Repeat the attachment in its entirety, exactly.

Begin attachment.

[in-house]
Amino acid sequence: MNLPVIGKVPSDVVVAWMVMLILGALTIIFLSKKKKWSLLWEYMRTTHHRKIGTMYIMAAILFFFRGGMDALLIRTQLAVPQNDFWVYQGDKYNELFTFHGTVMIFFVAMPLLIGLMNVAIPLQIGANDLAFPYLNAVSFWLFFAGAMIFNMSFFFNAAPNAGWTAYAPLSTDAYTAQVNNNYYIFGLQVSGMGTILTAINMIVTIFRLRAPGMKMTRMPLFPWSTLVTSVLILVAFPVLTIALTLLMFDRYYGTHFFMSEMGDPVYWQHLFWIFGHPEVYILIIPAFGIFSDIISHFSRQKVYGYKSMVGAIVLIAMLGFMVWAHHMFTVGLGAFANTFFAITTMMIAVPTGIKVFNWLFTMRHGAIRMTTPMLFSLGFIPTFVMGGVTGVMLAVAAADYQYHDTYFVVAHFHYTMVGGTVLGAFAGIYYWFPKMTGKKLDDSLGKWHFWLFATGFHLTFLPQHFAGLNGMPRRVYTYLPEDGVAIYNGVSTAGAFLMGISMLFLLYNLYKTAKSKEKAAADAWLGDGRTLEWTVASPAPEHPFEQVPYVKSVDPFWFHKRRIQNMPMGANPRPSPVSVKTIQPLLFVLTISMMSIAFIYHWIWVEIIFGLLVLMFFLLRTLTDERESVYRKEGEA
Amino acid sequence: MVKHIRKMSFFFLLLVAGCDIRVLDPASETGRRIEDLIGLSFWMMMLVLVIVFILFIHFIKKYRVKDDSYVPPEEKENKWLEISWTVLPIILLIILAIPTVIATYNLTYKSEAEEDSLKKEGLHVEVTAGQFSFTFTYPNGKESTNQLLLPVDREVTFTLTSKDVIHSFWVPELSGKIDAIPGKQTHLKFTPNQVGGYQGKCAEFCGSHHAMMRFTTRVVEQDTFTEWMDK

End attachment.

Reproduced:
[in-house]
Amino acid sequence: MNLPVIGKVPSDVVVAWMVMLILGALTIIFLSKKKKWSLLWEYMRTTHHRKIGTMYIMAAILFFFRGGMDALLIRTQLAVPQNDFWVYQGDKYNELFTFHGTVMIFFVAMPLLIGLMNVAIPLQIGANDLAFPYLNAVSFWLFFAGAMIFNMSFFFNAAPNAGWTAYAPLSTDAYTAQVNNNYYIFGLQVSGMGTILTAINMIVTIFRLRAPGMKMTRMPLFPWSTLVTSVLILVAFPVLTIALTLLMFDRYYGTHFFMSEMGDPVYWQHLFWIFGHPEVYILIIPAFGIFSDIISHFSRQKVYGYKSMVGAIVLIAMLGFMVWAHHMFTVGLGAFANTFFAITTMMIAVPTGIKVFNWLFTMRHGAIRMTTPMLFSLGFIPTFVMGGVTGVMLAVAAADYQYHDTYFVVAHFHYTMVGGTVLGAFAGIYYWFPKMTGKKLDDSLGKWHFWLFATGFHLTFLPQHFAGLNGMPRRVYTYLPEDGVAIYNGVSTAGAFLMGISMLFLLYNLYKTAKSKEKAAADAWLGDGRTLEWTVASPAPEHPFEQVPYVKSVDPFWFHKRRIQNMPMGANPRPSPVSVKTIQPLLFVLTISMMSIAFIYHWIWVEIIFGLLVLMFFLLRTLTDERESVYRKEGEA
Amino acid sequence: MVKHIRKMSFFFLLLVAGCDIRVLDPASETGRRIEDLIGLSFWMMMLVLVIVFILFIHFIKKYRVKDDSYVPPEEKENKWLEISWTVLPIILLIILAIPTVIATYNLTYKSEAEEDSLKKEGLHVEVTAGQFSFTFTYPNGKESTNQLLLPVDREVTFTLTSKDVIHSFWVPELSGKIDAIPGKQTHLKFTPNQVGGYQGKCAEFCGSHHAMMRFTTRVVEQDTFTEWMDK